I really enjoyed this post, ladies. Like Melissa, I too read all of my reviews. On Amazon and Audible. Learning in the critique process that the reader is never wrong, even when they're wrong, helped prepare me for that as an author. Looking at what the reviewer has also reviewed and how helps me understand if they were in my target audience in the first place and perspective on their feedback. When I'm reading reviews to buy, I only read the low ones. I heard this is true for lots of online book buyers. I struggle sometimes now as an author to have to leave a critical review and still share what I found that was praiseworthy, so I can now better appreciate what a tough job you have Leslie. Thank you for sharing.

Connie Queen said...

Good morning Leslie.

I'm impressed at all the reading you. Does it ever get old?

I don't envy your job. I've helped judged the Genesis the last couple of years and I always fret about my scores/comments. If an entry has a lot of flaws (not grammar) I begin to wonder if it's just me. Will the other judge score them high and I'll be the reason they don't final. I do try to find as many positives as I can.

But at the end of the day, it's just my opinion and that's what I give them.

Feel free to toss my name into the hat...

Leslie McKee said...

Thanks for asking. I personally have never given a one star review to anything, and I have only given a two star rating once. I look at those ratings as closely as I look at giving the 4 1/2 star top pick ratings for the magazine. After all, some publisher felt that it was worthy of being released. I look at my own views going into the story. I try to decide if it's just a topic I'm not personally interested in, which wouldn't necessarily make it a bad story for other people. I don't want that to sway my review. I believe some people are not able to always take that factor out of the review. I will try to include in my reviews things such as "if you are a big fan of antiques, this may be perfect for you", or something similar. I personally may not be interested in that area, but I don't let that sway the review. When it is a topic that I'm not particularly drawn to, or an area that I'm not as familiar with (such as science fiction), I really make it a point to focus on things such as character development, descriptions, etc. Even if it is not my favorite genre to read, those are things that I can still use when evaluating the book. I don't believe bashing a book or the author is beneficial to anyone. As I write reviews, I tend to look at reviews from others a bit differently because I know some of the things that could be going into that rating. I will consider what is said, but I do not let it be the entire deciding factor for me. I think there is always a way to use the criticism in a constructive manner.

Leslie McKee said...

You're welcome. I'm glad you find them helpful. Best of luck in reviewing excavation point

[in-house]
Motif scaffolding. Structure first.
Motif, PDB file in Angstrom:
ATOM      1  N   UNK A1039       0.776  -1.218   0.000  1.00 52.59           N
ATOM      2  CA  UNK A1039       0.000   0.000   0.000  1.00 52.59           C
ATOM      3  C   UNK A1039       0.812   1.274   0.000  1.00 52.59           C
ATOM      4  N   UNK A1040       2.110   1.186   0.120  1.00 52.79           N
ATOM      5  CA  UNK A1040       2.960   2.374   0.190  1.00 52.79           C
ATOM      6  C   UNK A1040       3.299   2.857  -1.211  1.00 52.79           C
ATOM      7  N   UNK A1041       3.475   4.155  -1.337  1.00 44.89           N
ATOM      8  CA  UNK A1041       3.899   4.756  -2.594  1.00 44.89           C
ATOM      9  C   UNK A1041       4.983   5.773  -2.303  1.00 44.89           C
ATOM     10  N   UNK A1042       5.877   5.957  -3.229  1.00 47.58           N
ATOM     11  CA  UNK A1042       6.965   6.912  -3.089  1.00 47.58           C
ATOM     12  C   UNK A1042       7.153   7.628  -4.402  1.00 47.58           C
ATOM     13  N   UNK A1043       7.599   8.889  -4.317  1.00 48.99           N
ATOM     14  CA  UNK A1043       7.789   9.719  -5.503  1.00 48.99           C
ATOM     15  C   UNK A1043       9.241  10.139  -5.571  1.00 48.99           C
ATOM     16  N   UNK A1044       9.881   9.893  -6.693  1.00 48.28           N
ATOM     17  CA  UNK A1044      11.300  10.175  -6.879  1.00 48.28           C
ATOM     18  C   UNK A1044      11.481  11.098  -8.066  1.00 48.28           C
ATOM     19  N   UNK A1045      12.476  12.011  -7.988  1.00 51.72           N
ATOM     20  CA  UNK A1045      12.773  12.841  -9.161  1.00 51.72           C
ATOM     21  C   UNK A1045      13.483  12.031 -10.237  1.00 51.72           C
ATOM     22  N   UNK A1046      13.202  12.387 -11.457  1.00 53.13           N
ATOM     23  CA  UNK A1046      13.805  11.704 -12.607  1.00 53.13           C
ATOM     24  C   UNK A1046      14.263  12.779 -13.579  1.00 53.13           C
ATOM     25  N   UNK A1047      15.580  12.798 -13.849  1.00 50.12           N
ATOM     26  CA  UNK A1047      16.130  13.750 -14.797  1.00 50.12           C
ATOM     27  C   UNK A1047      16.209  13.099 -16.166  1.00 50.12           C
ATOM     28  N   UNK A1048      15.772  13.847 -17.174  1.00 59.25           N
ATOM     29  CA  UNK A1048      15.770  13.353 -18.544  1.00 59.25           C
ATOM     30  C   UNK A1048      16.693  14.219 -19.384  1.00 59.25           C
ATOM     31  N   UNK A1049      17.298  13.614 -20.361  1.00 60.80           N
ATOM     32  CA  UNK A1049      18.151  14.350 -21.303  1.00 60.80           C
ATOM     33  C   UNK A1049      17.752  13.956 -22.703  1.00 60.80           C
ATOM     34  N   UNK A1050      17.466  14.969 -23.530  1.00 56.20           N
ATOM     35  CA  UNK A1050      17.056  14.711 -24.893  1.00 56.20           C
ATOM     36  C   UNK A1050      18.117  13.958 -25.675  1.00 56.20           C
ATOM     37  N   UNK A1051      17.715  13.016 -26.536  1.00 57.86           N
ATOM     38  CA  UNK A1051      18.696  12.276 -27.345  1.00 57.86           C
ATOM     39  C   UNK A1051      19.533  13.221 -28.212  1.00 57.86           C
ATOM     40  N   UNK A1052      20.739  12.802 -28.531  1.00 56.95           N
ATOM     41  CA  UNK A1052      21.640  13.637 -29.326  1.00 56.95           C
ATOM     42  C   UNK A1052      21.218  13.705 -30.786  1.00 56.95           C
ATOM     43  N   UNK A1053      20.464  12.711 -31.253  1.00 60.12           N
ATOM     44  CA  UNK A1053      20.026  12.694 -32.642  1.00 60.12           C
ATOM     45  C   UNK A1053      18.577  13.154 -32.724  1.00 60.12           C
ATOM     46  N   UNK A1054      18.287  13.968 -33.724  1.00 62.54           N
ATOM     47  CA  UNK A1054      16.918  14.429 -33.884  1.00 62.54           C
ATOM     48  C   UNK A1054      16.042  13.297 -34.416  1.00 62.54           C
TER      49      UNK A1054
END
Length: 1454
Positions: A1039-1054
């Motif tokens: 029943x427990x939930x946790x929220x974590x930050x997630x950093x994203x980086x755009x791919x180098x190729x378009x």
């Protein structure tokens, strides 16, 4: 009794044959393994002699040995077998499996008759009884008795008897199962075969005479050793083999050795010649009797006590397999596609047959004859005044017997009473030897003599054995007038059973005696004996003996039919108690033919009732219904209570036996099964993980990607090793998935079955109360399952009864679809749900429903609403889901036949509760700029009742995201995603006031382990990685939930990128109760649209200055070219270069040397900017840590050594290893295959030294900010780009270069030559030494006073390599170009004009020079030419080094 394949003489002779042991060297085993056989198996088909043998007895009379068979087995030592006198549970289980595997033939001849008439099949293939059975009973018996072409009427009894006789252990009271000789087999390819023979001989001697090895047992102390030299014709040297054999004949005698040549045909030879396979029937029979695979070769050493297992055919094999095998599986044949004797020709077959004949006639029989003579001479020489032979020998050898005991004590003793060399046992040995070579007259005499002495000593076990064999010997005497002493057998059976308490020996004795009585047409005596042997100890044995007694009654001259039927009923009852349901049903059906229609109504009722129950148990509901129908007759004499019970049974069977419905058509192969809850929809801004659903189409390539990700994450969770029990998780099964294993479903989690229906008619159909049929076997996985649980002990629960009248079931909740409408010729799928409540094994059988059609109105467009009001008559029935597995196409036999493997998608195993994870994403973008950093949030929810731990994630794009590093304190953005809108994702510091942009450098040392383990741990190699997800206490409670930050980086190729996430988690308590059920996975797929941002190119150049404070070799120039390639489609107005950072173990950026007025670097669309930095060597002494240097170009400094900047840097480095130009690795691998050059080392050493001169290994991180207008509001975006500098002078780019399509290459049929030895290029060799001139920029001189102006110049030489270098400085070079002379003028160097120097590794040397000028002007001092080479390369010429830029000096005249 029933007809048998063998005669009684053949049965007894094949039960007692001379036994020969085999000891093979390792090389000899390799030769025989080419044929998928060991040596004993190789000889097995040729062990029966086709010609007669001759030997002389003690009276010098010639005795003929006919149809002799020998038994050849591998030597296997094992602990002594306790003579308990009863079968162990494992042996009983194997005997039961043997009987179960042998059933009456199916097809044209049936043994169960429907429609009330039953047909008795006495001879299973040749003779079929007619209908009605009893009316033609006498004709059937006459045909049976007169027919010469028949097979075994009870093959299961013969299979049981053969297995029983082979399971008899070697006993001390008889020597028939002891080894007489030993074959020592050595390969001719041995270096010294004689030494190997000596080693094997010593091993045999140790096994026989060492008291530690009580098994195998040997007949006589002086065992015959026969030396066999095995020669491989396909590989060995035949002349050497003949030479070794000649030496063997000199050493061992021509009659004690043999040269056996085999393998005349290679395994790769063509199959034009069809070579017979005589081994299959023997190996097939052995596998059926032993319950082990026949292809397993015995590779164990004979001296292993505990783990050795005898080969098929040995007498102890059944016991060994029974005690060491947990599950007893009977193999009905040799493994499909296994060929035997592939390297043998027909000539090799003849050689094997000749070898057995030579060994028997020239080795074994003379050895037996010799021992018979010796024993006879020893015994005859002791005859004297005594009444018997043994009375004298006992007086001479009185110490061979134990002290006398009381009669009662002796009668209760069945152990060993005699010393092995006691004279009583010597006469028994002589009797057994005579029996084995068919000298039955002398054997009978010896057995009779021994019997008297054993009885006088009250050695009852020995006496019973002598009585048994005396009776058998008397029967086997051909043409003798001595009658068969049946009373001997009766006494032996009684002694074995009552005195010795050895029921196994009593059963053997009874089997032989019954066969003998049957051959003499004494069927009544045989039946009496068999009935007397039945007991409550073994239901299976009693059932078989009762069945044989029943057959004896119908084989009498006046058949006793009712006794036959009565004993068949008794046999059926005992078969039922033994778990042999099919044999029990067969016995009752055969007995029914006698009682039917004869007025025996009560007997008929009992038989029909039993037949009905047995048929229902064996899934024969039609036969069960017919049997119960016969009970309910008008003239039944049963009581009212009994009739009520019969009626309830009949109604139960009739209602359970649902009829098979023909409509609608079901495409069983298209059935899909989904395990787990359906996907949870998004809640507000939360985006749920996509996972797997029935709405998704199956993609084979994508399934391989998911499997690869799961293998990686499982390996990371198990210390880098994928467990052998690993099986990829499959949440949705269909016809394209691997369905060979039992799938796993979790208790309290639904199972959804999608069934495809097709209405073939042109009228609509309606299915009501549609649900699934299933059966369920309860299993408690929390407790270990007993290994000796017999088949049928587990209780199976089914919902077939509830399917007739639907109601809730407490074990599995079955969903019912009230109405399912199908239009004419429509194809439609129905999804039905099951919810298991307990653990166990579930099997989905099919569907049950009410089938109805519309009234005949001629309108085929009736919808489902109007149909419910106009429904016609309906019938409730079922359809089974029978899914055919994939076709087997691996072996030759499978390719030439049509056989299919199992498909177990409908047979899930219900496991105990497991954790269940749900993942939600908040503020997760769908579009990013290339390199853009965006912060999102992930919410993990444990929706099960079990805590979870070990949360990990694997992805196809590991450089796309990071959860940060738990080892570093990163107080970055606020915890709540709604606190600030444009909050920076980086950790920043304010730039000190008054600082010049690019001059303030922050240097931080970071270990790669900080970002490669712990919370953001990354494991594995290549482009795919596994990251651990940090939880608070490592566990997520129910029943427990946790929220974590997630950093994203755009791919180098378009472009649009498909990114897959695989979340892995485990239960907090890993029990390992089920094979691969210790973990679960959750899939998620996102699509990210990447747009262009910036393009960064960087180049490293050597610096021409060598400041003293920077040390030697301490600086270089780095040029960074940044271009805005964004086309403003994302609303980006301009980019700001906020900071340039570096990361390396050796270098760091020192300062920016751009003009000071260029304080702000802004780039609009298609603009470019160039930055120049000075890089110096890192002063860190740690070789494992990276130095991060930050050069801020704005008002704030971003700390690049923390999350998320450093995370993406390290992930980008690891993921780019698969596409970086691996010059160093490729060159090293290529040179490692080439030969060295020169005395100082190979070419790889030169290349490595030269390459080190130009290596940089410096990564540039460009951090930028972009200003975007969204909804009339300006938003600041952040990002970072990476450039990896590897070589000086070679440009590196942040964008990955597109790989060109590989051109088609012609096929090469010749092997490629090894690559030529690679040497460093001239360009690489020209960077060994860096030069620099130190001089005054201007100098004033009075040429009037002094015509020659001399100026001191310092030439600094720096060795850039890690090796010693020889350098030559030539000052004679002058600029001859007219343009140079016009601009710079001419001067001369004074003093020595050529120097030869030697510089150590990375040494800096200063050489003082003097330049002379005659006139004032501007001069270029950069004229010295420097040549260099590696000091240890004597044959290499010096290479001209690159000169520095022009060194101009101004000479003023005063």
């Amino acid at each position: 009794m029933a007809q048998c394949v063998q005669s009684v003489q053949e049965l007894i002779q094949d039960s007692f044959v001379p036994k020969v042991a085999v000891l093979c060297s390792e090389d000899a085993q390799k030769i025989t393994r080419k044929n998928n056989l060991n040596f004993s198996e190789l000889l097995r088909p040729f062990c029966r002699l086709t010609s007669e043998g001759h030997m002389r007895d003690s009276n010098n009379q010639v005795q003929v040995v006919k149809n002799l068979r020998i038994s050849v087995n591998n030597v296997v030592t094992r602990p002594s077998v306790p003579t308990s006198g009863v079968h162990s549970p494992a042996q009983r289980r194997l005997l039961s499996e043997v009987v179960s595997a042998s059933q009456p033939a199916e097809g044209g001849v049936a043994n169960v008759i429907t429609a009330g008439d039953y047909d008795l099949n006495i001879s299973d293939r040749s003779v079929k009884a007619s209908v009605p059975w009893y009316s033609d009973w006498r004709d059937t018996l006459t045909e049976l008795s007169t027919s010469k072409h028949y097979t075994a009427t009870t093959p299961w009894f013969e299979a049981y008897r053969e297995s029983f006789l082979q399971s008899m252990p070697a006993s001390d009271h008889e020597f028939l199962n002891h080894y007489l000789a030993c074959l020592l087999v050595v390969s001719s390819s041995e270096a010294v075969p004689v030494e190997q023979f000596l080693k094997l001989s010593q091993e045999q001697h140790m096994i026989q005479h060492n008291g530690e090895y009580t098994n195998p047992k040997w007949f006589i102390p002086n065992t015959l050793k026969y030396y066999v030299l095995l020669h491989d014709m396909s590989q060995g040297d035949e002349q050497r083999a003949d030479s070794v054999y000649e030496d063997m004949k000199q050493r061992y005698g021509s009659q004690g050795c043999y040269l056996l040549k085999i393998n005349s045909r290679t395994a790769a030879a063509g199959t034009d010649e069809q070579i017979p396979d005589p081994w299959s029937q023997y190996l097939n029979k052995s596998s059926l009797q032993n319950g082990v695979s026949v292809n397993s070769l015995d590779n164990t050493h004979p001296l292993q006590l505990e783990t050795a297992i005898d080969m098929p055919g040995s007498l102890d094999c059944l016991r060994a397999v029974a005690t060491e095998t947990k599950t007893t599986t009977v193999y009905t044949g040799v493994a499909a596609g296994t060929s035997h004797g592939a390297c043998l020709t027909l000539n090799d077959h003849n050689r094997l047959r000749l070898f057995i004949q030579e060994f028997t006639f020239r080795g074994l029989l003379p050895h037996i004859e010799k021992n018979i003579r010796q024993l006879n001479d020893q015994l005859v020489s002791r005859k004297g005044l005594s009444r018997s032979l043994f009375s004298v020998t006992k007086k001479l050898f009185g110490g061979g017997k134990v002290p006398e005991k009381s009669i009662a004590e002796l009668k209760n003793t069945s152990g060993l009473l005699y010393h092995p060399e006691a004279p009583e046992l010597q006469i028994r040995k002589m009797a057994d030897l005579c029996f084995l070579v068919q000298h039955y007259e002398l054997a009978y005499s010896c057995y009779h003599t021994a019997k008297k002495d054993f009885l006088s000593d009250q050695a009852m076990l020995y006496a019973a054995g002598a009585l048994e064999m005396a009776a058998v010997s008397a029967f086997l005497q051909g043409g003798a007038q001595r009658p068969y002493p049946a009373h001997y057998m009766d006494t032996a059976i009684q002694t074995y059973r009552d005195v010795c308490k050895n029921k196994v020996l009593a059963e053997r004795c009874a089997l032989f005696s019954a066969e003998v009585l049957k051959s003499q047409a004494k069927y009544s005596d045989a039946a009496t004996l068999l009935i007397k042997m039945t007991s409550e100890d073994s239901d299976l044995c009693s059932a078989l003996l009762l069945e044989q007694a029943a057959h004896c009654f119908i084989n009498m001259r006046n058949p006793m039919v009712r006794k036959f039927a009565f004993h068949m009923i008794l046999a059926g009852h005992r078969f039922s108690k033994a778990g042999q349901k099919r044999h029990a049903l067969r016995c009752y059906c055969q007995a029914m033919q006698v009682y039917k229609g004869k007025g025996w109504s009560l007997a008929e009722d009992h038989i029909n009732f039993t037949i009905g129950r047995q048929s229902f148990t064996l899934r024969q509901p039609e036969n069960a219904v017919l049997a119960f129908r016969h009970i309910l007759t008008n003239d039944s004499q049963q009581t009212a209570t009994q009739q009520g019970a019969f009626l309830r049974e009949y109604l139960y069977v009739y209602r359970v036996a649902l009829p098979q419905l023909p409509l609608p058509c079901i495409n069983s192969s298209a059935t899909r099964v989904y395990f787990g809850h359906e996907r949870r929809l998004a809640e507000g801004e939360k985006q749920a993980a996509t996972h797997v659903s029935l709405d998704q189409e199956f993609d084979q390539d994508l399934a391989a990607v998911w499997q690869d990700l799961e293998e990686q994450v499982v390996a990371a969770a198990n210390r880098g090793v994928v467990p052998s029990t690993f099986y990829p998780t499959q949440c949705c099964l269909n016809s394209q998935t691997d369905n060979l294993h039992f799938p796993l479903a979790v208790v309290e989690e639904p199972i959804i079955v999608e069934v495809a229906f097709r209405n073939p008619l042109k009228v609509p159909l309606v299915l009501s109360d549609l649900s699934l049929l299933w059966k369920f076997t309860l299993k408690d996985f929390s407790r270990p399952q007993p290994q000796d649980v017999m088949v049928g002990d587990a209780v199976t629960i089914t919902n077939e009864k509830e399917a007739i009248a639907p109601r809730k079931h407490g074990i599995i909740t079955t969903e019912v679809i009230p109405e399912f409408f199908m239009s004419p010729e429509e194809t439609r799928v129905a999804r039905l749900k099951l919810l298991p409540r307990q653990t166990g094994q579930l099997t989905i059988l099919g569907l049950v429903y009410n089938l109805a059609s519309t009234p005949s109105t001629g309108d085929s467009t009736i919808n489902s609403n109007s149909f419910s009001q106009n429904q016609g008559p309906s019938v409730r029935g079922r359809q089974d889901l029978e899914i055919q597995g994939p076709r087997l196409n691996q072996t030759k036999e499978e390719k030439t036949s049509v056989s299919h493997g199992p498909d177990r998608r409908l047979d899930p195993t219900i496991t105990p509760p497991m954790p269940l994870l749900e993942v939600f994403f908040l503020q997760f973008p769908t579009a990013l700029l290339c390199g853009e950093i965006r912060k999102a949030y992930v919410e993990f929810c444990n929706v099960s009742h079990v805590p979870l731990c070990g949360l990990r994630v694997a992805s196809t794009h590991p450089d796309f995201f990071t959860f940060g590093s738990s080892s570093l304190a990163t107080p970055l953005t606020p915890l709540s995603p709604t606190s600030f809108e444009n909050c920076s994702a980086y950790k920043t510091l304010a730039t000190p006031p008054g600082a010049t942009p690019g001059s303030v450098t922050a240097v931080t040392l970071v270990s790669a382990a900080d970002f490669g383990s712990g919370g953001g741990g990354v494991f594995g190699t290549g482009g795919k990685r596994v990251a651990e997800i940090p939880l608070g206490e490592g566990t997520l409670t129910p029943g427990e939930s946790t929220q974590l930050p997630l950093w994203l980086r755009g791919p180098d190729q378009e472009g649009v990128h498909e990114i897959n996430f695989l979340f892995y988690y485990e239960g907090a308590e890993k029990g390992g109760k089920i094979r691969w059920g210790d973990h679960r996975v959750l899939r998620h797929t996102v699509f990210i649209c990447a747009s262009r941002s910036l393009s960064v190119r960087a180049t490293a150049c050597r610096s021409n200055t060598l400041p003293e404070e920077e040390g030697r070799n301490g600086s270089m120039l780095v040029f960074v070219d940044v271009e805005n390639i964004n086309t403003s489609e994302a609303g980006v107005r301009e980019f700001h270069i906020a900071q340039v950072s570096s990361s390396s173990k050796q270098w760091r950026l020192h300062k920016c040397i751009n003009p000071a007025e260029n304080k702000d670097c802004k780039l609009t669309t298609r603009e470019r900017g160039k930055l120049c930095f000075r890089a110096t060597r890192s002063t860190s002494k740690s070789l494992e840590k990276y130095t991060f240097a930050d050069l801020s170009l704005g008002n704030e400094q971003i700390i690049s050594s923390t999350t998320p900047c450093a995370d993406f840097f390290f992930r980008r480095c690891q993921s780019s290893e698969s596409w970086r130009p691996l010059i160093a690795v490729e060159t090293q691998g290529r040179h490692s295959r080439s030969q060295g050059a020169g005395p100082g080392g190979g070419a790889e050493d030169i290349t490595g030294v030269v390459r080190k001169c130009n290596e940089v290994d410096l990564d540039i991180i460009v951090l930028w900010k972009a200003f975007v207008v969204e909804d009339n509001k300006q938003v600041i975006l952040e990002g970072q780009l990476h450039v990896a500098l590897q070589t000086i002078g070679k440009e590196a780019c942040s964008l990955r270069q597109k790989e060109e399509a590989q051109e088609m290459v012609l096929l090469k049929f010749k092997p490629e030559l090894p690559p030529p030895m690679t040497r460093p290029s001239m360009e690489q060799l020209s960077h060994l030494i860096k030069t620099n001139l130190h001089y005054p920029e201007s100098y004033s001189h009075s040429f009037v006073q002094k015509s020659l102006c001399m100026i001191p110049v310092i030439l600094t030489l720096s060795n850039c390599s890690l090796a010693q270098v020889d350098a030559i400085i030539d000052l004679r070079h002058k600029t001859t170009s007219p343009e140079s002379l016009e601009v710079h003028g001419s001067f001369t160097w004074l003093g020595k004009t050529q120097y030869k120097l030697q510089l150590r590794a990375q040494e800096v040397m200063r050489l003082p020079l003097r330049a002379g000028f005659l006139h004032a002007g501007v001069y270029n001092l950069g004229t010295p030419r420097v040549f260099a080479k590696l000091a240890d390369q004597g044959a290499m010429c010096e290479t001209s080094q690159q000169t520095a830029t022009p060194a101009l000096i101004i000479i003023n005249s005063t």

Missy Tippens said...

I really like having half stars as well!

Melissa Jagears said...

TINA IS BUSTED!

Leslie McKee said...

Very true. That's what some of the authors I spoke with at ACFW told me. They try to look at it from the constructive aspect to see how they can grow in their writing based on that negative review instead of taking it personally. And then again, others told me that they just don't bother reading the ratings at all. They focus more on the actual feedback they receive in emails, Facebook messages, etc. and take note of how the readers say that the story impacts them.

Keli Gwyn said...

I'm a big fan of book reviewers. I shared 5 Reasons Book Reviewers Rock right here on Seekerville in a post I wrote for their 6th birthday bash back in October 2013. The post focuses on individual reviewers. They do a great deal to help promote books and make a big difference. Even so, I don't know a romance author who doesn't wait with baited breath for the review of their books to appear in RT Book Reviews. Those 100-150 words you craft with such care have been known to make the day for many an author. Thanks for all you do and for the thought you put into every one of your reviews, Leslie.

Leslie McKee said...

Bethany House does have some great books :-) I've reviewed a number of books from them for RT. I've never heard of that program, but it sounds fun.

Naomi Rawlings said...

I wish that RT reviews were as unbiased and well thought out as you make them sound. You actually sound like a very fair, wonderful reviewer, and I hope you keep it up, Leslie. We need good book reviewers! That said, RT seems to rank inspirational novels with strong spiritual threads low. It's a conversation I've had with several other multi-published authors. In general, the stronger the inspirational component of the novel, the lower the rating. And when I say this, I'm not talking about any of my own novels. (I did have an low RT rating once where the reviewer complained about the setting. Not the writing, not the characters, not the plot. The setting. I ended up shrugging it off, but it seemed an odd and biased thing to complain about.)

Have you run across novels with heavy spiritual components getting low ratings from RT on a regular basis? Do you have any reasons why this might be the case?

Ruth Logan Herne said...

I see a lot of sense in Melissa's words.... and what is she THINKING trying to whisper in Seekerville? First, Tina hears everything and if she can't hear it, she installs a portable magnifying device (she found them on Amazon) so that she can pick up even the teeensiest, tiniest whisper. She is sneaky.

I love the story of why there is no 5-star.... I think paying tribute to a lost leader is a wonderful thing. But I'd like to see the 3 1/2 too, that shows maybe not quite to compelling... but better than average.